BlackBerry aims to show it can keep popular apps updated

BlackBerry 10 appears to be off to a solid start, but to be a long term winner popular applications have to keep up with other platforms. That reality means BlackBerry developers may be adding features.

BlackBerry has updated its Facebook and Twitter app with new features that integrate with its BlackBerry 10 platform. The catch: Facebook and Twitter aren't the ones adding the features.

The new versions of Facebook and Twitter are being built by BlackBerry developers not the social sites. BlackBerry also developed Facebook and Twitter apps for its BlackBerry 7 platform too and got complaints after awhile.

This behind the scenes development won't be a big deal to the actual app user---unless the experience is horrible---but does highlight the following nuances with the BlackBerry platform.

  • First, BlackBerry hasn't proven its latest platform is a consumer hit so app developers aren't likely to rush to go native. These developers are likely to stick with iOS and Android until another platform proves itself.
  • BlackBerry has Android apps in its market place and that has given it scale. However, BlackBerry has to develop popular apps if it wants to integrate the features unique to its platform.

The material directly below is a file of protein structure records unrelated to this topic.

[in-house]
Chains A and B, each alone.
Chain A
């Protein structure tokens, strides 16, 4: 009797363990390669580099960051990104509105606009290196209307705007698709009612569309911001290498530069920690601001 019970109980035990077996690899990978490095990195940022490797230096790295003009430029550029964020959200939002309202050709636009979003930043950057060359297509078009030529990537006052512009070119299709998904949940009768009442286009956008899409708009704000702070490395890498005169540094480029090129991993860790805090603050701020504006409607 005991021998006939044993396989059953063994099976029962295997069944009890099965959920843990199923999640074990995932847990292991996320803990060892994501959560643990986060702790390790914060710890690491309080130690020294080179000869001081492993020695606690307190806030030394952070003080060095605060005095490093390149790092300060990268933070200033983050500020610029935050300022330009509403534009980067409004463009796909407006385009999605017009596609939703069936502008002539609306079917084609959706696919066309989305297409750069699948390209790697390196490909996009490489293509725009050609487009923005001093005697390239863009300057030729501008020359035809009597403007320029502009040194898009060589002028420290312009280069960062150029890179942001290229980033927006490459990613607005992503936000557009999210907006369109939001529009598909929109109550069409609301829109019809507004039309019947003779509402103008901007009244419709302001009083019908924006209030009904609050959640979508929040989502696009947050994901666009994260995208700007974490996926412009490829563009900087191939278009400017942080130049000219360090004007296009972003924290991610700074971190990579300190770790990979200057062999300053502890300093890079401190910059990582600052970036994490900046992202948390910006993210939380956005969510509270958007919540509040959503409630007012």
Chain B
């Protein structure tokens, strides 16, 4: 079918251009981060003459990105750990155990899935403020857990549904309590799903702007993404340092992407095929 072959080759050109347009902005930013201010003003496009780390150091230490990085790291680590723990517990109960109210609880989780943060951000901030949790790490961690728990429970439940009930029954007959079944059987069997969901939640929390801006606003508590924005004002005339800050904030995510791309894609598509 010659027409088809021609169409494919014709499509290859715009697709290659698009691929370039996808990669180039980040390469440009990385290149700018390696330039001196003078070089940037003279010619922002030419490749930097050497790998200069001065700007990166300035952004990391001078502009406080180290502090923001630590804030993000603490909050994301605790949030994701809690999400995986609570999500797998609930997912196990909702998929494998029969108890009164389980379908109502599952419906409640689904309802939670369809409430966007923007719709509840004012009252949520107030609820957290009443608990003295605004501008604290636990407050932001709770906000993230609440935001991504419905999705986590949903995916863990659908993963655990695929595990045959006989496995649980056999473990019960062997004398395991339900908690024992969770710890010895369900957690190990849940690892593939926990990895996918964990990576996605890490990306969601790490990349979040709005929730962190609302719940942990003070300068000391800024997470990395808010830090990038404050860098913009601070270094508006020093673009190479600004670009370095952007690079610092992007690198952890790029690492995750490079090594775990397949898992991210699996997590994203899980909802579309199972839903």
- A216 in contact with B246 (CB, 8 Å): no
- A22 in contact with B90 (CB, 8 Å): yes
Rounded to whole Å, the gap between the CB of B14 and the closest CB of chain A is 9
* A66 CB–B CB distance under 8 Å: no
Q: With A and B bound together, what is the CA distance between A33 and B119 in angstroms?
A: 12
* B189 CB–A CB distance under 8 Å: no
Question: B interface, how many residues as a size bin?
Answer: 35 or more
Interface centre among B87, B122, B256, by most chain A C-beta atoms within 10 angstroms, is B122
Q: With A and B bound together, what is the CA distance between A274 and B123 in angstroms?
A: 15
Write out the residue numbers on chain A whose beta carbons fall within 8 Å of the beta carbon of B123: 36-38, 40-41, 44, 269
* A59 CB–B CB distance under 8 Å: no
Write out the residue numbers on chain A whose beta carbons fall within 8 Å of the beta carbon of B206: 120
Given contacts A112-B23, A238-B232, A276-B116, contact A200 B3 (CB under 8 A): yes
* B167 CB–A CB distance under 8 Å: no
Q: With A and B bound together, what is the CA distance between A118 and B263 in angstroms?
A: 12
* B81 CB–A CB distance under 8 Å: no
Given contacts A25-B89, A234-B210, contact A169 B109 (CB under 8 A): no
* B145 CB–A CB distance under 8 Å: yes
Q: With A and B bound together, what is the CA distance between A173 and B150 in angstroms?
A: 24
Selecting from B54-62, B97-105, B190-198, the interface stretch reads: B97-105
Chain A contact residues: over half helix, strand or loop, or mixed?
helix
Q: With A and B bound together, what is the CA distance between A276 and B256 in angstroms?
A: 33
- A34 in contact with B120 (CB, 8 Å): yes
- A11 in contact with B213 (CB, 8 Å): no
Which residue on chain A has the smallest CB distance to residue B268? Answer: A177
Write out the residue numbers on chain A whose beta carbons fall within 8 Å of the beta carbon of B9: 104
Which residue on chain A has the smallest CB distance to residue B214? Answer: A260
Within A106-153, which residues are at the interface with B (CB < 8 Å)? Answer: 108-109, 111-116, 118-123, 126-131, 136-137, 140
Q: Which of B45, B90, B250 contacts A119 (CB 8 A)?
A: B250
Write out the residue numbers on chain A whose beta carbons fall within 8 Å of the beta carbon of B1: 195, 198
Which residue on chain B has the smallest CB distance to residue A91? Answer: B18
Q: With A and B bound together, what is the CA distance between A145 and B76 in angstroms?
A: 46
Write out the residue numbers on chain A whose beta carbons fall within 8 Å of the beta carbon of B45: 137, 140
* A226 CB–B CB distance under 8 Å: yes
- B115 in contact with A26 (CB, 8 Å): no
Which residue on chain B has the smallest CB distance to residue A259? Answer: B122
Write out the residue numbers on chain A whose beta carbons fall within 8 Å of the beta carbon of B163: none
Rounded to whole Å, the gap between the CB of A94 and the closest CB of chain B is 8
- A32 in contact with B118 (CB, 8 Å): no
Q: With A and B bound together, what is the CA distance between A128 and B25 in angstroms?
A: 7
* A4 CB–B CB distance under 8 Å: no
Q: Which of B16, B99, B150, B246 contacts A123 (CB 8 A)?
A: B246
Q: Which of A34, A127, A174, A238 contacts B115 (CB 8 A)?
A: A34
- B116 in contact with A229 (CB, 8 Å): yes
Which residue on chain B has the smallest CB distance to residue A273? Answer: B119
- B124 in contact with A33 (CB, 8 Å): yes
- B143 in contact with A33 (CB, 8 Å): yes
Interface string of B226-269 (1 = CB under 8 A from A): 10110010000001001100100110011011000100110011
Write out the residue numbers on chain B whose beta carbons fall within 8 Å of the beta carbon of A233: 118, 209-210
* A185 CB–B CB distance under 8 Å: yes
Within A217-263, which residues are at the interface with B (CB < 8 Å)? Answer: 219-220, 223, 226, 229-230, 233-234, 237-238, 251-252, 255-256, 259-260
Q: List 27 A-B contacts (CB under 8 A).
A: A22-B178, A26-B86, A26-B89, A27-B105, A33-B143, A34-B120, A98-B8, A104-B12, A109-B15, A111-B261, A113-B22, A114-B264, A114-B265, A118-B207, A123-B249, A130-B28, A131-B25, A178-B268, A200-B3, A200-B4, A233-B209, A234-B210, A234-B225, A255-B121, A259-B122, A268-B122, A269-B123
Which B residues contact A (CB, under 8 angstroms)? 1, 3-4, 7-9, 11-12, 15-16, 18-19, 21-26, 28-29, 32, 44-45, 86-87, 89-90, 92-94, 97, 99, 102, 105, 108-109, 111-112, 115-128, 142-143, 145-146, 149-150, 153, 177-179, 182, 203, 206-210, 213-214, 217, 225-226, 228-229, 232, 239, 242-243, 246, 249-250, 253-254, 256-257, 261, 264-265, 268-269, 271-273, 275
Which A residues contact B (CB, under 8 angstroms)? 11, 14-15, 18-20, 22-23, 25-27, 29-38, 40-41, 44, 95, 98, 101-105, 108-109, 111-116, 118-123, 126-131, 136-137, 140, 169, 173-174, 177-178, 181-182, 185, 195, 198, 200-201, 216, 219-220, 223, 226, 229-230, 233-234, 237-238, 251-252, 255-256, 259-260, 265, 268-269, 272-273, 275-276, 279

• If BlackBerry 10 devices are going to be a contender for bring your own device set-ups it needs the experience for the core mobile applications to be a good one.

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The new version of Facebook for BlackBerry 10 integrates location and check-ins, photo sharing and local saving and event planning. BlackBerry also updated its Twitter app with a tab to view all interactions in one place, add photos to tweets and see the number of times a mention has been favorited.

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Note that none of these features will make you want to drop another platform, but BlackBerry is making sure it's top applications are competitive. And for now that means BlackBerry will be building in updates to core applications. In the long run, BlackBerry will have to make sure popular apps are updated no matter who does the code. 

Should BlackBerry grab market share, companies like Facebook and Twitter would theoretically take over the updates with native versions of their apps.

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